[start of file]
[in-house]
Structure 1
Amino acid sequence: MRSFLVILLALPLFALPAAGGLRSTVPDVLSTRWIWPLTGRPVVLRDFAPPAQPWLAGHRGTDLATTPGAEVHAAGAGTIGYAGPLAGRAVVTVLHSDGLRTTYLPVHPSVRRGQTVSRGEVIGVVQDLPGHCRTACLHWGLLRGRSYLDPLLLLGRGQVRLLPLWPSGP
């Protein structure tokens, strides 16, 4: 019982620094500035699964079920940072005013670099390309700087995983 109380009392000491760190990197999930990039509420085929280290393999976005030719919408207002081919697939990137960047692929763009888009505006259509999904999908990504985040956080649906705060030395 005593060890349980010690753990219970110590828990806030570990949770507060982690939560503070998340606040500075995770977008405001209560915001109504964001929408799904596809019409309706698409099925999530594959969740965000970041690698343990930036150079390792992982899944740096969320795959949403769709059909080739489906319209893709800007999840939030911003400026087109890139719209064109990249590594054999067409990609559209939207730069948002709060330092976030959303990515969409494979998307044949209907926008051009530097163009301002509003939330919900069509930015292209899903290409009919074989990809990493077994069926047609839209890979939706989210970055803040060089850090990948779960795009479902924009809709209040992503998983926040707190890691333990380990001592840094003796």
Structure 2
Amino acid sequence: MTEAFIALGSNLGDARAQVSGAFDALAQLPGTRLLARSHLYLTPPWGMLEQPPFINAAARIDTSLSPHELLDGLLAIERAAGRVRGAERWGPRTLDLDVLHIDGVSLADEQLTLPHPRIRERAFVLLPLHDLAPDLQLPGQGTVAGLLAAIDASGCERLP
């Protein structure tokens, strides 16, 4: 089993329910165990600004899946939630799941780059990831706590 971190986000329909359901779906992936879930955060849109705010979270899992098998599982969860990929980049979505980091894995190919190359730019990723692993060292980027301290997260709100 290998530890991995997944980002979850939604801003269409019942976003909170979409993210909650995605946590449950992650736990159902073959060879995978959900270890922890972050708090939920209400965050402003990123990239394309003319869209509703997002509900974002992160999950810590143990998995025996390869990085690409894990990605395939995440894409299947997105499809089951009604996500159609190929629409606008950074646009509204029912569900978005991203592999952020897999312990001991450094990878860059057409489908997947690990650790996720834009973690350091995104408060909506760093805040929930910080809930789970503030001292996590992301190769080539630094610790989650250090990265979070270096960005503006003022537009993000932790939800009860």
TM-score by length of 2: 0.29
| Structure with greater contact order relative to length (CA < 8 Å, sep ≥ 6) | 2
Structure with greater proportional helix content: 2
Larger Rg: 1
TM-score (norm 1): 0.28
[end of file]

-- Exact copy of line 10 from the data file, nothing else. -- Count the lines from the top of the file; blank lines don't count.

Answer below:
Structure with greater proportional helix content: 2